Mental health is a taboo topic because it’s a shameful topic. There’s a theory we all have it together, but here’s the truth:
No one has it together.
Your favorite blogger, singer, actress, celebrity don’t have it together.
Your favorite moguls? Nope, they don’t have it together either.
It doesn’t matter what you read on the blogs. It’s perfectly crafted for the reader as an illusion (for example, I have started this post over 5 times to make it my best).
It doesn’t matter how pretty the photos are on Instagram. They are staged. They are thought out, cropped, and filtered.
Whatever is tweeted? Most likely a front of sorts.
So, dear reader, no one has it together all the time as you think.
And yet, with the age of being “more visible” online, we start comparing ourselves to these people with the perfect Instagram feed and strategic blog posts.
“They’re life is so perfect!”
“They’re always so happy!”
How very untrue.
A lot of us worry about not being good enough. Anxiety is high before that big launch. When something doesn’t work out, we all feel gutted.
On most levels, this is normal. On most levels, it’s a brief period of time until we pick ourselves up and try again.
But for some of us, it goes beyond the normal. It’s one of the major obstacles we face in our lives.
The worry and anxiety turn into full-blown attacks. The gutted feeling can trigger deep depression.
It has for me.
For as long as I can remember, I’ve dealt with some sort of mental illness. I think I was nine when I was incredibly sad and couldn’t explain why. Cracking jokes in front of people was a front but felt alone most of the time, especially by myself.
When I grew older, this feeling stuck and I thought it was normal.
It’s normal to not feel enough. Being mediocre about life is what everyone else fills.
So I dealt with my normal. I couldn’t understand why other people were SO happy all the time. That connection wasn’t there. I thought maybe joining the church would give me a new outlook, so I got involved in college. It was fine for a while, but I found myself falling back into that funk.
Words like “Depression” and “anxiety” were foreign to me, especially because Christian communities really shied away from any talk of that. When I realized what it could be, scared me. I thought I was a big disappointment for not beating it. I thought I was on my way to hell.
When I started FIVE12 STUDIO (then CNICOLE PHOTODESIGN) I wanted to be like the cool bloggers and designers I knew. I also thought it was a good way to bridge the gap between school and first-time employment.
And while I was ambitious, a lot of doubt came into mind.
“You can’t do this. No one will understand it. Who would hire you, honestly?”
So I pushed the launch date a few months before I gave in.
Eventually, I went with it. People were proud, I was proud, and thought, “hey maybe I can do this forever!” But when changes happened, or I wanted to grow bigger, the anxiety and depression came back. I’ve psyched myself out of launches, postponed projects because I gave into the, “I can’t do this.”
And at the time, blogging and social media weren’t a huge platform. Twitter, for example, was barely off the ground (I’ll spare you the, “back in my day” stories).
Through talk about self-care and mental awareness, I’m able to identify my depression and anxiety. I’m looking forward to the day I can talk to someone to get it sorted out and not have it consume me as much. There are days I’m good, but there are days I’m not. Some bad days caused by triggers, other days it’s out of the blue.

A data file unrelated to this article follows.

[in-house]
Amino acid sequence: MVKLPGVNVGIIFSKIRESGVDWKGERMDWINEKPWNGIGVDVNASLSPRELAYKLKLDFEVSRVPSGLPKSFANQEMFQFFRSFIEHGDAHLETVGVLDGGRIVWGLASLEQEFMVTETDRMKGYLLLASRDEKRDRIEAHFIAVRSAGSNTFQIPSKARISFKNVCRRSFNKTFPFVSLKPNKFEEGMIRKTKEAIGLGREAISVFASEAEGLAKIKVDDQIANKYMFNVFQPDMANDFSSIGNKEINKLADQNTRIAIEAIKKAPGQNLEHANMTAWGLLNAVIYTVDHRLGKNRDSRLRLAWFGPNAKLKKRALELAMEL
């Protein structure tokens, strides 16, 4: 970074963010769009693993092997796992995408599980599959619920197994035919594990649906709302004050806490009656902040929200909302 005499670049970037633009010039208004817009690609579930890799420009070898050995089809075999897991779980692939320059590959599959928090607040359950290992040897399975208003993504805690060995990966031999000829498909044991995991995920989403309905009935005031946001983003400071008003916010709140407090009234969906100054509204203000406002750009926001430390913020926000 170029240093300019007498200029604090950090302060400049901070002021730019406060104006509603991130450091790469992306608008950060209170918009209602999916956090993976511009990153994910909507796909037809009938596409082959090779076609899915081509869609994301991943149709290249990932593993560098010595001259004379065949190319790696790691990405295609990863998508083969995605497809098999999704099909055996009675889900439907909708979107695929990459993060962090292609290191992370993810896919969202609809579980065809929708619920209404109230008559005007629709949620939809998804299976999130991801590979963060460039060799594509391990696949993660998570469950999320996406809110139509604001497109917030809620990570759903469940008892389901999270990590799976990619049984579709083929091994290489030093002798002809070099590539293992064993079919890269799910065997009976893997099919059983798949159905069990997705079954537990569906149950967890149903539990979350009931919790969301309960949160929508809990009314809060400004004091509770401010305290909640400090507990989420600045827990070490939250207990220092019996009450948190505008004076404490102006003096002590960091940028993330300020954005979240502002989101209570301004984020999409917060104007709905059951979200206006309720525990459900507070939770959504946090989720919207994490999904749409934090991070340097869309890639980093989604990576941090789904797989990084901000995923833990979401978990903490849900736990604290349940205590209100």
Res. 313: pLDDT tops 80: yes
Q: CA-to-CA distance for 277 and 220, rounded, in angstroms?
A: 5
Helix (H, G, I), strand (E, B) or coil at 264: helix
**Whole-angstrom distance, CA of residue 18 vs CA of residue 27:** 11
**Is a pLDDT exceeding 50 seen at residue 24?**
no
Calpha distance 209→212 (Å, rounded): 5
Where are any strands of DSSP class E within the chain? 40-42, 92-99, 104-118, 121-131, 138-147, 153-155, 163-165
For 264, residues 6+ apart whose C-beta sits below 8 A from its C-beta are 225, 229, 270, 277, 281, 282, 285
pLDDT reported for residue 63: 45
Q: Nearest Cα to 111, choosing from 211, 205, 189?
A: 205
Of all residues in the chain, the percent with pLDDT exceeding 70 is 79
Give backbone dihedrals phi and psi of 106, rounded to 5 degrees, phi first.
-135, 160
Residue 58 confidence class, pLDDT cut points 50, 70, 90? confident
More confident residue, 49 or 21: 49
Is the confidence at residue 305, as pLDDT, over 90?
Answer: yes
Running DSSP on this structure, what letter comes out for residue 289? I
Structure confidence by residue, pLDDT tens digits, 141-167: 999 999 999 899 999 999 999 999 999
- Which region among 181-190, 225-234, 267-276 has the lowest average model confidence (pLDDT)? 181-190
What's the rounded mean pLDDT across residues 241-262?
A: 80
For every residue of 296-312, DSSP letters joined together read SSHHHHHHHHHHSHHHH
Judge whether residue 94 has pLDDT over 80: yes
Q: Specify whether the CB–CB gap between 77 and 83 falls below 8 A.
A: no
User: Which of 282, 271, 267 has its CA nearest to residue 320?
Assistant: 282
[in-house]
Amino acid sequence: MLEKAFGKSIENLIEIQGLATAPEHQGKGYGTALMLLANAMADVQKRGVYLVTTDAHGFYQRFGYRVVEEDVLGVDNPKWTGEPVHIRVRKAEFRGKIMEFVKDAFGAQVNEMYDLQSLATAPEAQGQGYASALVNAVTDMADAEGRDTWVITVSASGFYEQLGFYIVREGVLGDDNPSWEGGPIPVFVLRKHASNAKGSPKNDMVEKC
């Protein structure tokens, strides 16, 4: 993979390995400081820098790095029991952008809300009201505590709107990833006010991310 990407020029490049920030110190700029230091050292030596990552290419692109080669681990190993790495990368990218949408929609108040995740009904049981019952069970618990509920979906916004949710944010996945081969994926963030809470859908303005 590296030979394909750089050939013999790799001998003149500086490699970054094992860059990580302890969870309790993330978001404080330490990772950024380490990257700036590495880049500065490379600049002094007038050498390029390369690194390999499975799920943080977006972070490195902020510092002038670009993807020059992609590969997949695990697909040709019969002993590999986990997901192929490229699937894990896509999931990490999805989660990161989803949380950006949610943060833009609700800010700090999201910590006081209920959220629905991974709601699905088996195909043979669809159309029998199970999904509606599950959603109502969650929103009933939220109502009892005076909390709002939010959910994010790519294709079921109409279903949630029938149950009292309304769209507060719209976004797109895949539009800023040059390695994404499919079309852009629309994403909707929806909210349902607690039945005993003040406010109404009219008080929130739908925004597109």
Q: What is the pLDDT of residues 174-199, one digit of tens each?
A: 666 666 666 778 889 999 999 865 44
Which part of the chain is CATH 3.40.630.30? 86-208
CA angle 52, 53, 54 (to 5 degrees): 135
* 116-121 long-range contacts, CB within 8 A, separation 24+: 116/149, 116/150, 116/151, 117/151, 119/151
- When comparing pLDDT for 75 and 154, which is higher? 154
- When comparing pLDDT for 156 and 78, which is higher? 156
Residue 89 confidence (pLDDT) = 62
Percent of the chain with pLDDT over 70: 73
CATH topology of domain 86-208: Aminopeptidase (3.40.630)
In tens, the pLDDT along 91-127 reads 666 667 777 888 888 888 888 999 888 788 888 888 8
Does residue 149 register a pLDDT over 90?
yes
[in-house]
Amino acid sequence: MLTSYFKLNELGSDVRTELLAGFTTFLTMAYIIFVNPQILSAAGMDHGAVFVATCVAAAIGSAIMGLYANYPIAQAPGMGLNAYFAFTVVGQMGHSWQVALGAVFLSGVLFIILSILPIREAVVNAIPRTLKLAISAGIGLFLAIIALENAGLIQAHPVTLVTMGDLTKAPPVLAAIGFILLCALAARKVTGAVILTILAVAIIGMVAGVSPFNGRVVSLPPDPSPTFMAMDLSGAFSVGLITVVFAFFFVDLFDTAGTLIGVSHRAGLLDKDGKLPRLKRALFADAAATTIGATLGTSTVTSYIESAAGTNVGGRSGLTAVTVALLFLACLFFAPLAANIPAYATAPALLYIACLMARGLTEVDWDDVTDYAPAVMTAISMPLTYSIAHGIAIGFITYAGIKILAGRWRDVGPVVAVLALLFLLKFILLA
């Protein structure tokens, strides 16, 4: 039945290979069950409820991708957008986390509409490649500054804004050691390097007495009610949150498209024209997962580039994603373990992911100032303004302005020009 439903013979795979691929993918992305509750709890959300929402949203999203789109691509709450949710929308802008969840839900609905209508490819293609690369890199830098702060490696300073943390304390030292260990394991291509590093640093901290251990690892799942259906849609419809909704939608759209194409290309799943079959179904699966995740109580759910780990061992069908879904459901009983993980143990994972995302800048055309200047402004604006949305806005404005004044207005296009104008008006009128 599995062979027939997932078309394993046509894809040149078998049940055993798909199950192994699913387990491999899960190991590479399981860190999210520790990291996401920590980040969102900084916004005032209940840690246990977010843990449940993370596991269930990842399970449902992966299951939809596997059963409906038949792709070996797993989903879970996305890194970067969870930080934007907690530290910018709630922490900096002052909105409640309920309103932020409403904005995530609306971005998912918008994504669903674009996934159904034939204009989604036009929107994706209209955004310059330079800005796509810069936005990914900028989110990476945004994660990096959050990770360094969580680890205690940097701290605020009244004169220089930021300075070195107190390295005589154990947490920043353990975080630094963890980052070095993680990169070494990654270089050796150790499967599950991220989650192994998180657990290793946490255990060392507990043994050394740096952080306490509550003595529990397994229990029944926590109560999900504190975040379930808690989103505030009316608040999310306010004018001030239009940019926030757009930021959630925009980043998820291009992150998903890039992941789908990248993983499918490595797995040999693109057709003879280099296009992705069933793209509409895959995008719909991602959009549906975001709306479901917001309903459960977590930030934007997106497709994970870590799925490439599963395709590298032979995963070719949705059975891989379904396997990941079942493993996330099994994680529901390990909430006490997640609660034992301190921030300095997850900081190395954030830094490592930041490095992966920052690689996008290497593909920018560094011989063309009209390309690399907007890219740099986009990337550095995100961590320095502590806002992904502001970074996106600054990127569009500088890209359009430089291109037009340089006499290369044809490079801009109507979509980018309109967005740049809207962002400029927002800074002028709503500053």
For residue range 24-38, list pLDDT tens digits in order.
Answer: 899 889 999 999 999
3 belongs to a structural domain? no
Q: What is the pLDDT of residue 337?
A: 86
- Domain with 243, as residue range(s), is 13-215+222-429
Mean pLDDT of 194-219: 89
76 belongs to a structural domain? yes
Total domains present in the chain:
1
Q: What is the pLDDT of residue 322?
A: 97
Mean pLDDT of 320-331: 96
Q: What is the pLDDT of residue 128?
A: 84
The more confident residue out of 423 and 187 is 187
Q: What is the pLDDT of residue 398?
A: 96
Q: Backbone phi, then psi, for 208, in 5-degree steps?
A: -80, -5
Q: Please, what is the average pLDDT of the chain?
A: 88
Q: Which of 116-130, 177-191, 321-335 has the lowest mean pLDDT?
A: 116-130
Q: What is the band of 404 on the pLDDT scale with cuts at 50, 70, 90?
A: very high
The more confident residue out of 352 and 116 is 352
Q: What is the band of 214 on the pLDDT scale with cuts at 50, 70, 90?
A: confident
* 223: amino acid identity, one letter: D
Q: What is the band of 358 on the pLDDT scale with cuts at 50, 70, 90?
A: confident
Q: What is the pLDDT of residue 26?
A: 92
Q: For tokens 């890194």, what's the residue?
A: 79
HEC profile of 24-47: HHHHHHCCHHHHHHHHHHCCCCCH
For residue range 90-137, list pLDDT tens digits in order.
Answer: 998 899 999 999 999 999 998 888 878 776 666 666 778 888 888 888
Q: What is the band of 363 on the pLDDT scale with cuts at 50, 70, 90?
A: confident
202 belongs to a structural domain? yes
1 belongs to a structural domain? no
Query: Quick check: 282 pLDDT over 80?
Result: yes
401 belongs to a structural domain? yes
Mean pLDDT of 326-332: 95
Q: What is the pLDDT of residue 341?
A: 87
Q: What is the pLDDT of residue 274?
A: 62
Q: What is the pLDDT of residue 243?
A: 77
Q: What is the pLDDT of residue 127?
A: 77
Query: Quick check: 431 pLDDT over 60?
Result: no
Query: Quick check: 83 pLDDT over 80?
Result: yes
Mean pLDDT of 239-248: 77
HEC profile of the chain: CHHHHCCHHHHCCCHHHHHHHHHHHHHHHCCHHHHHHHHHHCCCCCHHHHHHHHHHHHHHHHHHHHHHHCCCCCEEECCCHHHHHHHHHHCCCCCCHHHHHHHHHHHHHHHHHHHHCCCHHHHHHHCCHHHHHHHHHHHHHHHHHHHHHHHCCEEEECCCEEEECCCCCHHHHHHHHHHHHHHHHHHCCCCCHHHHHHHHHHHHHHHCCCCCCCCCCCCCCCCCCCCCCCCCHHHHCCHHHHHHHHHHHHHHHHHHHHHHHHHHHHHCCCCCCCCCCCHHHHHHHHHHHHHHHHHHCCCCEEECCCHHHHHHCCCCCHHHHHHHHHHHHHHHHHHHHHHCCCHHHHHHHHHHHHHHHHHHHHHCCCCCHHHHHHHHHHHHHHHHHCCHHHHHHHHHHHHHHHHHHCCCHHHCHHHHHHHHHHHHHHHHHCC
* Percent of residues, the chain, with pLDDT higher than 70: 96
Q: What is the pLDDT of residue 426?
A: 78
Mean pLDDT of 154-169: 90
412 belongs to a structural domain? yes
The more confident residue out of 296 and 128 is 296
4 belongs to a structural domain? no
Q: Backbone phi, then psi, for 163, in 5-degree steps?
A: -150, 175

If you’re someone who calls yourself a creative person and struggles to balance your mental health, there are ways to protect yourself.
Unfollow people you’re envious of.
Why have a constant reminder you’re not them? It’s a distraction that will block you from flourishing to being the best version of you.
Make numbers your friend.
Reading about someone else’s 100,000 page views and while you have 100 can bum you out. Think about it like this instead: 100 people viewed your page. 100 people decided to click on your link and read what you had to say because they like what you had to write.
Remove the word “only” from your vocabulary.
“Only 5 people bought my product.” No, 5 people brought your product. You made 5 people’s day with something you created!
Take a break from the online world.
Sometimes you need a good nap, movie, or breeze. With the Internet at our fingertips, it can be hard, but it’s worth it. It can be for 30 minutes or a week, but take a break anyway and just be.
Break rules you don’t want to follow.
So many of my online friends use periscope and write about why I should be using it. Honestly, speaking in front of people gives me the frights. Until I work on it, I’m not using Periscope and THAT’S OK.
Remember your why.
My vision and mission statements go beyond business- it helps center why I’m running a blog and providing services in the first place. It keeps me aligned with why I use my voice.
Most importantly, realize you’re not alone.
I’ve dubbed Fran of Hey Fran Hey my lifestyle and mental health guru because she always has the right advice at the right time about taking care of you first. She helped re-introduce me to meditation that I’m trying to put into rotation.
I read Wit and Delight’s posts because she’s open and honest about her combating mental illness. Yes, her blog and feed are beautifully curated, but it’s always the posts about mental health that really get me. I remember she’s human first, and it helps me calm down.
Being a creative person and maintaining your mental health can be a battle. Some days you’re fine, but depending on how tough that battle is, giving up is easier than fighting through it.
Creative and mental health are two interesting matches I’ve found.
The one thing we can identify with can drive us crazy.
The one thing we identify with can also save us.